One question always comes up when I hear people talk about sharing their faith, ‘How do I share’? They know what the gospel is, but have difficulty verbalizing it when in live conversation. Fear and nervousness creeps in and their confidence is shaken. Often what I hear after that is, I don’t know enough. I’m not competent to share my faith.

What they haven’t learned is how to make Gospel Bridges and use simple tools to share. I heard a story from a man that used to work as a chaplain at a large hospital in Asia. He would visit many patients hoping to share the gospel with them. He was rejected many times. If he spoke to 20 people, only 2 or 3 would hear him out. At lunch he and his wife would have noodles together across the street from the hospital. The waiter would always ask if he would like an egg with that. He would tell him no.

One day he and his wife were ordering lunch and the waiter asked him if he would like one egg or two? He told the waiter one. His wife asked, why did you order an egg? You see, the waiter didn’t ask a yes or no question. He asked one or two. Aha, the gentleman said, I found my bridge to share the gospel. He realized that he kept asking permission to share. Most patients received prayer but would answer no when asked if he could share the gospel.

He created a bridge by transitioning from prayer to telling his own story and then sharing the gospel. Many more people were receptive to this bridge. We have to create bridges too. In the USA we have a giant store called Wal-Mart. Every time I’m in line to check out, people tell me some complaint about their life, work or family. They didn’t ask if I wanted to hear it. They just told me.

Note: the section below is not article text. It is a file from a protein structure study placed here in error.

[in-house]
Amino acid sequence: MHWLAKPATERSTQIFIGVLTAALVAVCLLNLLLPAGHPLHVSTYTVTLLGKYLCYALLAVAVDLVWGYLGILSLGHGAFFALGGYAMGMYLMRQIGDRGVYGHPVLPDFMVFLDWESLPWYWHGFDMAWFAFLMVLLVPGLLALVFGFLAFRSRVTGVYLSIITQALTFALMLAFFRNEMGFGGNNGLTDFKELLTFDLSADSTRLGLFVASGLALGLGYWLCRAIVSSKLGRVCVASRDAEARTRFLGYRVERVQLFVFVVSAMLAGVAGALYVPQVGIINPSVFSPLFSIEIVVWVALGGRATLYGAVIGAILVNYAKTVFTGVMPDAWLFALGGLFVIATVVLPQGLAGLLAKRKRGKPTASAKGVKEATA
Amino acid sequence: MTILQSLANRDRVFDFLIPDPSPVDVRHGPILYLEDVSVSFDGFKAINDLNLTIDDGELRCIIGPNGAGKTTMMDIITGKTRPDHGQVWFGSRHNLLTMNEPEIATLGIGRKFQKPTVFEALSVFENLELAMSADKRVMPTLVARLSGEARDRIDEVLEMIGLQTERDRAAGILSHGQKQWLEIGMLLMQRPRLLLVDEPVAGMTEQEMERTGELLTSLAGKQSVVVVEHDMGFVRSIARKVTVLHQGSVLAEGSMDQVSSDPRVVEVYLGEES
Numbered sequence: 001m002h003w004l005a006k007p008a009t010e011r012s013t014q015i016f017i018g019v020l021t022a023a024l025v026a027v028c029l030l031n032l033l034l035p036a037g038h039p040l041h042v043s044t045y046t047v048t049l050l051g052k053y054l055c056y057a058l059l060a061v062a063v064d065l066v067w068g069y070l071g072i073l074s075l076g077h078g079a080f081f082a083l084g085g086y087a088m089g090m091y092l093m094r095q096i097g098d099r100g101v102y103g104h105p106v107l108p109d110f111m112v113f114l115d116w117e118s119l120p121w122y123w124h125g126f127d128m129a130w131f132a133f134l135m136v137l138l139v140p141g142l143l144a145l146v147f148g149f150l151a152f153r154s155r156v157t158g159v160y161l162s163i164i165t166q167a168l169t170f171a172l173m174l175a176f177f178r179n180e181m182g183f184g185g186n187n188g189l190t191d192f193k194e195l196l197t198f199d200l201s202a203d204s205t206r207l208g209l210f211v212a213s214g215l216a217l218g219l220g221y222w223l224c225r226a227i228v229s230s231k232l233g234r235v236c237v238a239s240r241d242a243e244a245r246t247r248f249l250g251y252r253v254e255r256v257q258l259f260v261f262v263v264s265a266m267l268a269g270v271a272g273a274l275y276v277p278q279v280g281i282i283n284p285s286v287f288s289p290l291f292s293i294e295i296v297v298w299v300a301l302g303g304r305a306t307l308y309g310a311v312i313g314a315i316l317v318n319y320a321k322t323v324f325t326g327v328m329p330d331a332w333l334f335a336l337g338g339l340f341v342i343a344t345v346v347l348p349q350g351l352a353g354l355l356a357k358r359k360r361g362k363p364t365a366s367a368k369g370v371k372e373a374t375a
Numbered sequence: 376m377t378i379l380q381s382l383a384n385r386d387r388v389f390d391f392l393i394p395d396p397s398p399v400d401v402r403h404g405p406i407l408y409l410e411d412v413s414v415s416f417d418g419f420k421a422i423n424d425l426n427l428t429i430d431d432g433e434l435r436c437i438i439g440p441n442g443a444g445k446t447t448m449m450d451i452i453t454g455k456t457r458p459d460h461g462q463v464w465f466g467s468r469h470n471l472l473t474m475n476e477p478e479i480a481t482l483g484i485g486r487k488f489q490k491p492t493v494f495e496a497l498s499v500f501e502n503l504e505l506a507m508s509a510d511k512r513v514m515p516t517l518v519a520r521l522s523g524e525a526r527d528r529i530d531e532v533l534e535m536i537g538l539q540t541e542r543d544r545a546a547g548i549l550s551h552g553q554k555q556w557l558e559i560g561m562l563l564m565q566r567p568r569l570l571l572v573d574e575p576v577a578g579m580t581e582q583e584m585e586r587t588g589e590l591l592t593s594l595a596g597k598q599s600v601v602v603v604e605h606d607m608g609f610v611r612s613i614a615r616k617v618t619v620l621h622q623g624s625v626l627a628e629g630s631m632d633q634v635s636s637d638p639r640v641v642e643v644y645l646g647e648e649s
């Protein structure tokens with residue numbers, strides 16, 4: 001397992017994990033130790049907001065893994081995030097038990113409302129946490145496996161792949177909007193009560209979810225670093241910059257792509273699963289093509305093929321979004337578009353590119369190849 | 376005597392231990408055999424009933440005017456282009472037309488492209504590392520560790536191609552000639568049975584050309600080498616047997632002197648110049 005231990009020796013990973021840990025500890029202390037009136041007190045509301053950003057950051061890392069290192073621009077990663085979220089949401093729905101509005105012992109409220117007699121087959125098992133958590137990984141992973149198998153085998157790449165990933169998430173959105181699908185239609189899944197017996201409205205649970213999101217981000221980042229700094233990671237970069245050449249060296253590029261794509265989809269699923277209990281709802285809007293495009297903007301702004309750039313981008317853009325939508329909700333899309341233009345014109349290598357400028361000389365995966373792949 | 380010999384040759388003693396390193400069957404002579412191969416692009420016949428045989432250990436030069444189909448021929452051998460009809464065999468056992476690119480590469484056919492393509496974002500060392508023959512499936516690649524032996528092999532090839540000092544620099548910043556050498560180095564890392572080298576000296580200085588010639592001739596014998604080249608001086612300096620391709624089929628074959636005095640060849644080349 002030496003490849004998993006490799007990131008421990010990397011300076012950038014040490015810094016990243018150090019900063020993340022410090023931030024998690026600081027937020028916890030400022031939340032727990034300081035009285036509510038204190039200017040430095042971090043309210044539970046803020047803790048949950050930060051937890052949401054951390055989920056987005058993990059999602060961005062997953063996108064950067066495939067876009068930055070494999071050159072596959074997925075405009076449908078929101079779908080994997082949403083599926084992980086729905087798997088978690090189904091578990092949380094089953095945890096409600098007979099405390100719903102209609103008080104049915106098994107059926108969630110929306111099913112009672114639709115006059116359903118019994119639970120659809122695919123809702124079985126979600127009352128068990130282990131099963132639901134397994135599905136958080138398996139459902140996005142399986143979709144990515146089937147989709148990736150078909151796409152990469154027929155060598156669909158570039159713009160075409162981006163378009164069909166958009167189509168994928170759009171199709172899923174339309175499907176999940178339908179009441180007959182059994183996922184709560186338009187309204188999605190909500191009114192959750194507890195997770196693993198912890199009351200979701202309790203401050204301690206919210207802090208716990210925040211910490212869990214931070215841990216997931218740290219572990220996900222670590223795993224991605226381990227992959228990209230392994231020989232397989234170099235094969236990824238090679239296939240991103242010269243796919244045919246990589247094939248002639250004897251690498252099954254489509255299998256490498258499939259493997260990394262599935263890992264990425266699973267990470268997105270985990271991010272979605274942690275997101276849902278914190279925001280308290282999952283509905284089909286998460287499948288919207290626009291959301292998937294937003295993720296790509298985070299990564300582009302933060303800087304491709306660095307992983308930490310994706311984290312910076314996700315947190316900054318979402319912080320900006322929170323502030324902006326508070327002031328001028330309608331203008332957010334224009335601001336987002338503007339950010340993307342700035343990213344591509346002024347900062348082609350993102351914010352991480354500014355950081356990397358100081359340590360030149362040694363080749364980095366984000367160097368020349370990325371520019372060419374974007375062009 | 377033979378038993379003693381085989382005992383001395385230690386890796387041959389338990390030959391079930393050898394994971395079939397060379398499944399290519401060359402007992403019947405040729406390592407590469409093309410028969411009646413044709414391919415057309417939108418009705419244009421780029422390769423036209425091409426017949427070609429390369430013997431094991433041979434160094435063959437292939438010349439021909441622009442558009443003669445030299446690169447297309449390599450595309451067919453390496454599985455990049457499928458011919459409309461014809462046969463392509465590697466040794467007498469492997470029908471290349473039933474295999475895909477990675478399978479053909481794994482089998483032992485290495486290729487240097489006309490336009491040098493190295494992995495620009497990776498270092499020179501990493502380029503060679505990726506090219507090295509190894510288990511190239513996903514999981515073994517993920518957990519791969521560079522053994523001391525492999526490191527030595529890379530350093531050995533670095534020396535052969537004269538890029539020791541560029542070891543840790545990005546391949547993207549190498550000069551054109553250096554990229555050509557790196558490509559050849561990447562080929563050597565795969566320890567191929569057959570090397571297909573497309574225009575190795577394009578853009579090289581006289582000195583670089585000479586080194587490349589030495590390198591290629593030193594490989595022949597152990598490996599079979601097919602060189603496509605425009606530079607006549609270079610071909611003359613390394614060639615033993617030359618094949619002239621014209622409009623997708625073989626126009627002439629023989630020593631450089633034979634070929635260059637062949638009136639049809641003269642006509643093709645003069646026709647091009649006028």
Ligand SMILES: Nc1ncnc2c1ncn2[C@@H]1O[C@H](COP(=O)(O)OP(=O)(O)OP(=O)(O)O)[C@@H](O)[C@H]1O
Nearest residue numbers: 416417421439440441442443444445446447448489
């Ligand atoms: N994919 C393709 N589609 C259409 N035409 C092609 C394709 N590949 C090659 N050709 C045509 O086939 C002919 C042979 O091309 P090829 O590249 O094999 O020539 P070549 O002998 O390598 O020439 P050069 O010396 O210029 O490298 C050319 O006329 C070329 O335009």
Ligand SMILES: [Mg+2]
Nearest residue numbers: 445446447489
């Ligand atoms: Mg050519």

People like to hear your story. Most people want to hear what your life was like before you met Jesus. Most of us are not perfect. That is only the beginning of our story, but it is a bridge to the gospel. Another bridge I use is prayer. I start off by asking people, if God would do a miracle in your life today what would that be? And then I ask if I can pray for that miracle, for them, for their family, and for their community.

After praying, I’ll ask if they are near or far from God? If they say near, then I share my story followed by this question …. do you have a story like that? It helps determine whether they really have a relationship with God. If they respond that they are far then I tell them how I was far and show them (gospel tool) how they can come near.

Making gospel bridges and learning simple tools goes a long way in building competence. Regular practice using the bridges and tools builds confidence in sharing your faith. Fear and nervousness is replaced with joy as others come to faith and receive the good news.

 

— Pastor Clay Hamrick
Mosaic International Church
Jacksonville FL

Making Gospel Bridges (by Pastor Clay Hamrick)

Disciple-Fu (by Pastor Clay Hamrick)

For several years as a teenager and as a young adult I studied traditional Kung-Fu. Like the funny panda in the martial arts cartoon movie, I love Kung-Fu! It started on Sunday afternoon when we got home from church. About four o’clock, black belt theater came on. From that point on I was hooked. No one in our city taught Kung-Fu. There was karate and other forms, but no Kung-Fu. It had to be Kung-Fu. Then one day, a new school opened. Could it be? Yes! Boom! I could be living the dream!

In two years I became a black belt in shaolin Kung-Fu. You could come as often as you desired, and I did. We trained hard every day. Over time, I picked up the pedagogy of the Sifu (teacher). He modeled it. I imitated him. He corrected. Then he would show me what each technique meant. Later he would match us up for live boxing. Each practice made us sharper. Each practice moved us from jerky reaction to calm response, even in the heat of battle.